#AgencyFocus: 27-year-old agency dances with winds of change
by Sabrina Forbes. Almost three decades on, Mortimer Harvey remains proudly independent and has, over several years, undergone an evolution from a BTL shopper marketing agency to a full-service, omnichannel marketing and communications company.
Driving this transition, according to Andrew Fradd, group managing director, is that the 27-year-old agency has always focused on building long-standing and sustainable relationships with its clients. “As a result of this ethos of mutual trust and delivery, clients began extending their TTL requirements to the agency as well, creating greater efficiencies and more integrated campaigns”, he says. The transition was organic with existing clients, which afforded the agency “the opportunity to acquire or outsource the requisite skills gradually. This provided for considered structuring as the service offerings deepened within our clients”, he adds.
Passionate, creative, a little crazy, a little off the wall, a little bit of drama queen. These are just some of the terms the team at Mortimer Harvey use when describing themselves. Not clients, not friends, not even friends-of-friends. This is who they are and they’re happy to admit it.
According to Katlego Moutlana, the newly appointed director and shareholder who continues on as head of strategy, the agency has gone through many changes in the past year and has been working hard to shift how clients and the greater industry view it.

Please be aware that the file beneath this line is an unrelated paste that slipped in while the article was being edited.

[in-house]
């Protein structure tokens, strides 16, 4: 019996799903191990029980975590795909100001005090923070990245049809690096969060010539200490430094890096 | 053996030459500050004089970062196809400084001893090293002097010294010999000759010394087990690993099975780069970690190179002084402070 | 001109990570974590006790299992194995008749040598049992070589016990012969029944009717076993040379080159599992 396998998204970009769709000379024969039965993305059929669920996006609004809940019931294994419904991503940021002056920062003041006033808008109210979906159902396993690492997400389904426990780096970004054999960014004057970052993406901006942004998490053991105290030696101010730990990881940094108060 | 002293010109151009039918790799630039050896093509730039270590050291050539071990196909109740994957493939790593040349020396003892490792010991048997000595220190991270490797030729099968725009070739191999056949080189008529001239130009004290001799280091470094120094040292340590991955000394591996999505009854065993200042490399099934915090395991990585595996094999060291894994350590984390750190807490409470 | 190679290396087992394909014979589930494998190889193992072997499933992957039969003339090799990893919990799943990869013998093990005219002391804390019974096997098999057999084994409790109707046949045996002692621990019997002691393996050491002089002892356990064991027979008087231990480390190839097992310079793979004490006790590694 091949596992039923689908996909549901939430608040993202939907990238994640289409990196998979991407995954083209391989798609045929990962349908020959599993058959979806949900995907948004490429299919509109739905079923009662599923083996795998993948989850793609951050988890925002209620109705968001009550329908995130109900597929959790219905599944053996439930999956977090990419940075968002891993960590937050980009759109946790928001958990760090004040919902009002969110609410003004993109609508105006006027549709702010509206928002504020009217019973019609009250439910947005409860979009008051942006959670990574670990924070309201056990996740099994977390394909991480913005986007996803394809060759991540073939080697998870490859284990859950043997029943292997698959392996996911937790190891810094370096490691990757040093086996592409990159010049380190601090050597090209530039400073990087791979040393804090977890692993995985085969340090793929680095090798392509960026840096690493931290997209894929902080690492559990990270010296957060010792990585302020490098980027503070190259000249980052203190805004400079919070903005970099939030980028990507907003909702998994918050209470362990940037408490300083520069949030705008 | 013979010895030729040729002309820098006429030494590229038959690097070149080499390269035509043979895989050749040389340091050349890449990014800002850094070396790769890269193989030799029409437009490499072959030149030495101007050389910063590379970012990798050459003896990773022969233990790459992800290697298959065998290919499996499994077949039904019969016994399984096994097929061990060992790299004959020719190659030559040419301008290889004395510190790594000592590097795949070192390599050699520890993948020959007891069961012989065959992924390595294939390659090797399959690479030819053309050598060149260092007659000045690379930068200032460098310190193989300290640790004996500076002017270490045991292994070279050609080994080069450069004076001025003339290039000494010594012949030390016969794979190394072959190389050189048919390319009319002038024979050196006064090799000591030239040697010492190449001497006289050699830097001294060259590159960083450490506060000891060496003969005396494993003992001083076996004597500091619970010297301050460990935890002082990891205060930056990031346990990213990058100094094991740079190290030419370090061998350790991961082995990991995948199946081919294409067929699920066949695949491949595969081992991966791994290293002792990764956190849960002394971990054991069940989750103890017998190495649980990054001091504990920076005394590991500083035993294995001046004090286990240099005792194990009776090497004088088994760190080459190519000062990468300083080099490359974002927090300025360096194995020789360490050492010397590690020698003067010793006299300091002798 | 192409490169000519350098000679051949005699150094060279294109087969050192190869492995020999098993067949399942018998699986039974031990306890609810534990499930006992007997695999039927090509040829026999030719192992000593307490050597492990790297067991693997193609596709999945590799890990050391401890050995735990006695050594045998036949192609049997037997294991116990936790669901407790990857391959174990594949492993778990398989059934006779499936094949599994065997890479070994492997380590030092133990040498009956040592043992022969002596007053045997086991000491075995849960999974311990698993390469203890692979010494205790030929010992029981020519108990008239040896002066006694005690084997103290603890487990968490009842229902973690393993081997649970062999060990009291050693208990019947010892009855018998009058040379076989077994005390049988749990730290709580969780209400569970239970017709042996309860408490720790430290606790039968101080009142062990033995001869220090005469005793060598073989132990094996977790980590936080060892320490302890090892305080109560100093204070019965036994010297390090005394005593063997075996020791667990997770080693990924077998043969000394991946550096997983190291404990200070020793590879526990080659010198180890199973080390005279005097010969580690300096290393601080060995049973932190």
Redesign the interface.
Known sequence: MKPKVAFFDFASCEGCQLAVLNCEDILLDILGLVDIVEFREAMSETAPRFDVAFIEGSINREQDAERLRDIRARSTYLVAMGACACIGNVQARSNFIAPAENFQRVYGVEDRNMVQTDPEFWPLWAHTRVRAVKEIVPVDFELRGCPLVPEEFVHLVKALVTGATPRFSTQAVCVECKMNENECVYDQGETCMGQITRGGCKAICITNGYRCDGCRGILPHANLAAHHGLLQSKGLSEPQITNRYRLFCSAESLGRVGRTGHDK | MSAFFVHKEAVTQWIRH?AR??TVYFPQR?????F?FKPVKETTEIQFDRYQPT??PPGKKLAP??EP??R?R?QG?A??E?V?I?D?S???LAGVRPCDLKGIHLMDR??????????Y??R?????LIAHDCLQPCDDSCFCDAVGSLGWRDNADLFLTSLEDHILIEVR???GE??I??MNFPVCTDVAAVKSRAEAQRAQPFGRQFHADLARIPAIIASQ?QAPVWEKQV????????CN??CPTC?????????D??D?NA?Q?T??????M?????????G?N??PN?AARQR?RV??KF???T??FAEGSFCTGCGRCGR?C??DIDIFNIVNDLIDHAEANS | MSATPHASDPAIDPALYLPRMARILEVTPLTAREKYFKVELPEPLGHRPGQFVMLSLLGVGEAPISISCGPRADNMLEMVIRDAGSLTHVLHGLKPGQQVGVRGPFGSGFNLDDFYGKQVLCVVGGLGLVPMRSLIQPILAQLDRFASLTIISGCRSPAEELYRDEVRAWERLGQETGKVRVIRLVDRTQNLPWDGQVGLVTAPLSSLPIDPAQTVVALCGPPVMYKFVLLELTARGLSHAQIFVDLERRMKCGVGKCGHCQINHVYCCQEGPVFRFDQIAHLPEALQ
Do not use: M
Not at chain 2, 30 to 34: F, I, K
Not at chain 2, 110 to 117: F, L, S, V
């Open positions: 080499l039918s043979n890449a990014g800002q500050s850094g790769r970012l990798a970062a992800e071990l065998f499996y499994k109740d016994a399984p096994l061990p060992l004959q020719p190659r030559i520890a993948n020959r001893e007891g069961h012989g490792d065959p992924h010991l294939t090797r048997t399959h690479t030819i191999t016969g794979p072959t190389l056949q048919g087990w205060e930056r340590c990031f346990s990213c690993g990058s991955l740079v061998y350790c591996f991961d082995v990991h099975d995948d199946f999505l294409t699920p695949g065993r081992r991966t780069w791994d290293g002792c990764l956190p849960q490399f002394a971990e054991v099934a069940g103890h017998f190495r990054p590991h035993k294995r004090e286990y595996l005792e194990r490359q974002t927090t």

Part of the change of services is the partial renaming of the agency from Mortimer Harvey to simply “MH”. The team and its clients already refer to the agency as such when in conversation. “Our clients often refer to us by the acronym and one client even stated that MH actually stands for ‘Miracles Happen’. It has therefore been a natural evolution, although we will not currently drop the full name from our branding,” says Fradd.
The transition over the past year hasn’t come without teething issues. “The lessons were numerous but the resultant opportunity to create greater depth of delivery and traction within our clients and attract new business proved invaluable. There was moderate trauma along the way as the agency experienced accelerated growth which required careful management and structuring,” he says.
“We’re still developing from within while changing the perception of those outside our family,” says Kelly-Paige Howell, head of digital integration.
The best example of where the agency is going, according to Moutlana, is the ATL campaign MH recently did with Absa Corporate and Investment Bank (CIB). The bank needed to reposition itself post the sudden departure of Barclays Group from the country and reaffirm to everyone that Absa is, and always has been, a truly pan-African bank. The Absa CIB campaign, “I want to make that”, has already yielded strong results with its enhancement of Absa Retail Bank’s new positioning and branding with “Africanacity”. The campaign is about the “purity of the human spirit”, explains Andrew Ambrogioni, chief creative officer, and speaks to all Africa’s “unbridled potential for creative, inspiring, innovative thought and action”.
Another client that’s set to experience the new 360-degree inspired approach is Blue Ribbon Bread. This category is highly competitive and the need to breathe new life into an established brand such as Blue Ribbon became a priority. Ntsikelelo (Ntsiki) Nukwa, newly appointed executive creative director, makes mention of how spaza shops are undercutting big bread brands with their homemade breads. For Nukwa, the bread market is tough and has to evolve. MH is currently finalising its work for Blue Ribbon.